|Publication number||US2929247 A|
|Publication date||Mar 22, 1960|
|Filing date||Sep 6, 1956|
|Priority date||Sep 6, 1956|
|Publication number||US 2929247 A, US 2929247A, US-A-2929247, US2929247 A, US2929247A|
|Inventors||Sturgeon Stocker S|
|Original Assignee||Foxboro Co|
|Export Citation||BiBTeX, EndNote, RefMan|
|Patent Citations (8), Referenced by (9), Classifications (6)|
|External Links: USPTO, USPTO Assignment, Espacenet|
March 22, 1960 s. s. STURGEON 2,929,247
METHOD OF AND APPARATUS FOR MINIMIZING SPURIOUS SIGNALS IN AN ELECTROMAGNETIC FLOWMETER Filed Sept. 6, 1956 INVENTOR Stacker 5. Star eon,
BY m 747M1- ATTOR S METHOD OF AND AFPARATUS FOR MINIMIZING SPURIOUS SIGNALS IN AN ELECTROMAGNETIC FLOWNIETER Stacker 5. Sturgeon, Foxboro, Mass, assignor to The Foxboro Company, Foxboro, Mass., a corporation of Massachusetts Application September 6, 1956, Serial No. 608,352 7 8 Claims. c1. 73-194 This invention relates to electromagnetic flowmeters. More in particular, this invention relates to methods and means for substantially eliminating certain spurious electrical signals developed in such a flowmeter.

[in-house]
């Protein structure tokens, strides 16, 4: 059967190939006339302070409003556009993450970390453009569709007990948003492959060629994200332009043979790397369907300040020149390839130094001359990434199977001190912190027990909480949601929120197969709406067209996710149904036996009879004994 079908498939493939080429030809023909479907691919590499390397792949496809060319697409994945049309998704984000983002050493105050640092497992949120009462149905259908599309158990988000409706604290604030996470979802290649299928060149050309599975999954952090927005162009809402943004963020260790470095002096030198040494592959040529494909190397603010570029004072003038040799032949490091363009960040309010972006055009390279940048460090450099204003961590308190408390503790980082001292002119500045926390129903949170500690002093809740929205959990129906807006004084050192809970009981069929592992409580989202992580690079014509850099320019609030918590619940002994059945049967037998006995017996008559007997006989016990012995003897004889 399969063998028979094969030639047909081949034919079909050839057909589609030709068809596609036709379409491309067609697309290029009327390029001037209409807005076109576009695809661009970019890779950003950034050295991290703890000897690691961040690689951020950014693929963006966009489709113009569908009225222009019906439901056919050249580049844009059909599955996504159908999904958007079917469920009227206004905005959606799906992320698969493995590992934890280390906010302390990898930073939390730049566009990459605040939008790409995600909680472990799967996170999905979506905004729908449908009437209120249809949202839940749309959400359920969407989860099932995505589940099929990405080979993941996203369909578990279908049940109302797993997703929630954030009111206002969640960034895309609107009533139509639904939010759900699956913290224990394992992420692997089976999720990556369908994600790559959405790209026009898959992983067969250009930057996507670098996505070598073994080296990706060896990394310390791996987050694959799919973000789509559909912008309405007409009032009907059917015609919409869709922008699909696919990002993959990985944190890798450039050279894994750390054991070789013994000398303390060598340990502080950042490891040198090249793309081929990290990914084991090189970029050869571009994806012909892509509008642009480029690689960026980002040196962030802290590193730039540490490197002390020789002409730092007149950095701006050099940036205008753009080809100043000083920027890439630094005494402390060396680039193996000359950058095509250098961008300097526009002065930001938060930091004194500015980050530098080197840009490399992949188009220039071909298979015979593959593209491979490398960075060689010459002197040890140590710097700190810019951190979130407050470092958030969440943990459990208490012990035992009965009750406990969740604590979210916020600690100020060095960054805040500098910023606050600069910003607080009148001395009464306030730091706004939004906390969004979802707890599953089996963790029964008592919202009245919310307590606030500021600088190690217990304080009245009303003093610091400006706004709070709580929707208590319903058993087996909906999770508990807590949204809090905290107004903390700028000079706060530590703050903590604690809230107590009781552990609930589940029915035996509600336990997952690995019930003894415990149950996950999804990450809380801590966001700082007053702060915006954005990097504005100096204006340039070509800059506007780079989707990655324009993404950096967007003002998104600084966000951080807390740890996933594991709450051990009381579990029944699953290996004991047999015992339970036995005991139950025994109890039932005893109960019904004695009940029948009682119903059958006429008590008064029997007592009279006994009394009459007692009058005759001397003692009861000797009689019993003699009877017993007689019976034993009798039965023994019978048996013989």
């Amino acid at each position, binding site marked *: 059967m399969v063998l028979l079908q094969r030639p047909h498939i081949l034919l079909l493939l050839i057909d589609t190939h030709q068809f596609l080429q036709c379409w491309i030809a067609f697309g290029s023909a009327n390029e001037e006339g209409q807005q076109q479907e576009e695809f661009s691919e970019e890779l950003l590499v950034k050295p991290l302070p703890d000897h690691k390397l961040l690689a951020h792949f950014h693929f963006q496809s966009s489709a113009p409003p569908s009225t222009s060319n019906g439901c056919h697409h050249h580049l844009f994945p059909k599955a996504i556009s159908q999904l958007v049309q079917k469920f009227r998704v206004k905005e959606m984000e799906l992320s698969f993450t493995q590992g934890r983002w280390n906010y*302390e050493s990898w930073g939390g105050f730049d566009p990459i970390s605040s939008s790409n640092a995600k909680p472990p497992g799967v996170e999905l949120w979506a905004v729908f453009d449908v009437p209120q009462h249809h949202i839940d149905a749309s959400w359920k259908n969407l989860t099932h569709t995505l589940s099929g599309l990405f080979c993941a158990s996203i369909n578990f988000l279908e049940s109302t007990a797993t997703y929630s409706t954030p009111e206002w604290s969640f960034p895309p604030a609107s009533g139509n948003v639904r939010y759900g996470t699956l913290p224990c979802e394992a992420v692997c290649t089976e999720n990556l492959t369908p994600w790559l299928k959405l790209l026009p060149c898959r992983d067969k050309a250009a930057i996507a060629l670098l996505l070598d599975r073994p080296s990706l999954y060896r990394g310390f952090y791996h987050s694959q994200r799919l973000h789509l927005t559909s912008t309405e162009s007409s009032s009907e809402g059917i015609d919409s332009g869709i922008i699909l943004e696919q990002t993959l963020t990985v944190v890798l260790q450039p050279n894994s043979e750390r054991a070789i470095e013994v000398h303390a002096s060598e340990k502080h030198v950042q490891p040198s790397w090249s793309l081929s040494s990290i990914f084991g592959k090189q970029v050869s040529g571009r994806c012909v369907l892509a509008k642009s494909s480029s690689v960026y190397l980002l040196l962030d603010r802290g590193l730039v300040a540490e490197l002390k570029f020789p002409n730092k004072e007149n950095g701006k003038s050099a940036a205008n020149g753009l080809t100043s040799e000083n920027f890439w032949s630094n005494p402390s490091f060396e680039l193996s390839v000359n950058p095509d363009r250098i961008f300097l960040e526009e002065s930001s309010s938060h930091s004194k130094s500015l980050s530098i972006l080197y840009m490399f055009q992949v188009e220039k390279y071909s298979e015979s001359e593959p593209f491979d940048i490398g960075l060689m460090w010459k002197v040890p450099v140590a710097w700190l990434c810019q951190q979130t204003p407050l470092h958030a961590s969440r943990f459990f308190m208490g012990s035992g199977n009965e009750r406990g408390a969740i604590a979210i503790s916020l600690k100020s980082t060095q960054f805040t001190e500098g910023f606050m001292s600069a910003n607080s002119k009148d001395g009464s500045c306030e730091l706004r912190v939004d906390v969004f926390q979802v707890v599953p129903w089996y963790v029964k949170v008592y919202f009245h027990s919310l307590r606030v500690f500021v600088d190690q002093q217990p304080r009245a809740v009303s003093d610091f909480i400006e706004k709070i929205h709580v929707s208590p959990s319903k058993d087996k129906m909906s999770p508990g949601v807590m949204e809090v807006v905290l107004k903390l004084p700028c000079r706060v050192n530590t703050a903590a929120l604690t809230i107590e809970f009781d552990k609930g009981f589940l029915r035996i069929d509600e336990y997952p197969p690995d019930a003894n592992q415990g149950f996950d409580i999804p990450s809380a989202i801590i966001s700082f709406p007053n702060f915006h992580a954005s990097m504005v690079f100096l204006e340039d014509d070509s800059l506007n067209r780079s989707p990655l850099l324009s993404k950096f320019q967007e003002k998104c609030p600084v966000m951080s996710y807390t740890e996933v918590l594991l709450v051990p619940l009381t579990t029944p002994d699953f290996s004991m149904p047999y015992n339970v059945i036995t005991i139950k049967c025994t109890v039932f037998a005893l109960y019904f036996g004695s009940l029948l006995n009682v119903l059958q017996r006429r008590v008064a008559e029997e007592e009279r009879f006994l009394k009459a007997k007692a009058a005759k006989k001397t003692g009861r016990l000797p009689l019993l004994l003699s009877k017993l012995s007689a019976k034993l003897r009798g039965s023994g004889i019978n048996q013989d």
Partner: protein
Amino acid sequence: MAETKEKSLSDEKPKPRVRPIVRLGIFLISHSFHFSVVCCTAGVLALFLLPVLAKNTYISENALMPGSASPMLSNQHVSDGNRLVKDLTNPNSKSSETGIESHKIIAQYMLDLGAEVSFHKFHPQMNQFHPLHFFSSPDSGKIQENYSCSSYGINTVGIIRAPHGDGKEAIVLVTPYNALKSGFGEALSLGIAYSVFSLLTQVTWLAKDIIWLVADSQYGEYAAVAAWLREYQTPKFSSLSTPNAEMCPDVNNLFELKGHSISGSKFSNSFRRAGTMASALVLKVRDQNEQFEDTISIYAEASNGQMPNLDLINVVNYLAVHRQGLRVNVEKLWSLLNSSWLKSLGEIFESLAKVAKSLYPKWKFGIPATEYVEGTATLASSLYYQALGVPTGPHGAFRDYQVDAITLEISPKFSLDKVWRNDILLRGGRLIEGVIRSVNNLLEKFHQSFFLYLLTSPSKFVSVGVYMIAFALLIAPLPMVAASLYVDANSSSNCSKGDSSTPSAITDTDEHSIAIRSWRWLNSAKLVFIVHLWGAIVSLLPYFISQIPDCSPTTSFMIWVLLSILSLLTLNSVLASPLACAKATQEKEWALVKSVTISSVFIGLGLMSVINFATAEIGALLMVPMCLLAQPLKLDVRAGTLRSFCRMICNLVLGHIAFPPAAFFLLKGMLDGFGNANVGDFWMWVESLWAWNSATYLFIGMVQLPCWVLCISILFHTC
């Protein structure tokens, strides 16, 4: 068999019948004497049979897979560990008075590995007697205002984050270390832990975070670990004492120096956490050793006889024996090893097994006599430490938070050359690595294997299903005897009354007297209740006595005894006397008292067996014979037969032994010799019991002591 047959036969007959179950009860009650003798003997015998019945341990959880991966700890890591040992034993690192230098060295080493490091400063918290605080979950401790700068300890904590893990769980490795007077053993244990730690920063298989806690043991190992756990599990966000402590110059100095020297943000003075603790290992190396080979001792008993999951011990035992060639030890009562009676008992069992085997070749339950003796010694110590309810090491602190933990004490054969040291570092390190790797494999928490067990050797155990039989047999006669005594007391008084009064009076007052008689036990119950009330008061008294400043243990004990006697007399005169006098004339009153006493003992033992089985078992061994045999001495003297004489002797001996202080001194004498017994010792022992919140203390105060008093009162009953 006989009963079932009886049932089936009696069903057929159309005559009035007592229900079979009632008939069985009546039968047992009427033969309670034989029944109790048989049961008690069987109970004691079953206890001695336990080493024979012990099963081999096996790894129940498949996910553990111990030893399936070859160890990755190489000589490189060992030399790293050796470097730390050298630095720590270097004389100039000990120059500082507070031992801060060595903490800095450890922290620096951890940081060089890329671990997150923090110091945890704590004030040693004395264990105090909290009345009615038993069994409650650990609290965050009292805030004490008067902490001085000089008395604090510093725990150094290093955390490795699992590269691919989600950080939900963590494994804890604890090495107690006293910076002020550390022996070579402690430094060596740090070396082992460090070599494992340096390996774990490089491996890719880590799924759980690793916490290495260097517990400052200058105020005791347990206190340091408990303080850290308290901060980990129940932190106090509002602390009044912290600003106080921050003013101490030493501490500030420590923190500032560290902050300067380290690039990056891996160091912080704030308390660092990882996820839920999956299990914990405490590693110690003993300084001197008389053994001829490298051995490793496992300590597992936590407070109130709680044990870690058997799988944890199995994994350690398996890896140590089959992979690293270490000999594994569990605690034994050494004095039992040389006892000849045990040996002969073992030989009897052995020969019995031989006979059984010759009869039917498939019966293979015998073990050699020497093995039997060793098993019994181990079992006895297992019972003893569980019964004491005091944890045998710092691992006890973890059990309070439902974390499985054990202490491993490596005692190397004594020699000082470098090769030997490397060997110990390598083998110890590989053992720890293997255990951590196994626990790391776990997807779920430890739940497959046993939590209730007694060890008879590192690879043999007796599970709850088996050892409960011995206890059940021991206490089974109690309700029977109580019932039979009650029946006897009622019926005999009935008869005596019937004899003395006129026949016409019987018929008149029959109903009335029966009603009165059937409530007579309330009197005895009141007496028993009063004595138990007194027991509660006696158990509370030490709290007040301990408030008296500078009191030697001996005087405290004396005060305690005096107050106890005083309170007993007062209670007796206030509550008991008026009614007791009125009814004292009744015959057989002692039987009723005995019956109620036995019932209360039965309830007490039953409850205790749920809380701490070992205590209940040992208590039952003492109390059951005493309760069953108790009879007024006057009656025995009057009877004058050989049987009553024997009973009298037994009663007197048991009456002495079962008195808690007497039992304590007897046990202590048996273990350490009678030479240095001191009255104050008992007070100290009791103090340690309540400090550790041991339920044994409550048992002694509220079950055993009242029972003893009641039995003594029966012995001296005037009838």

As is now well known, electromagnetic flowmeters have a number of desirable characteristics which make them particularly suitable for many industrial applications. Such fiowmeters include a flowmeter head typically comprising a metallic pipe section to be coupled into the fluid flow system under measurement, a coil structure for producing an alternating magnetic field transversely through this pipe section, and a pair of electrodes in contact with the fluid flowing through the pipe section and positioned in the interior of the pipe so as to sense the electrical potential generated by the flowing of the fluid across the magnetic lines of force. The potential sensed by these electrodes commonly is coupled through a pair of lead wires to an amplifier the output of which controls one or more of a variety of recording or flow controlling devices.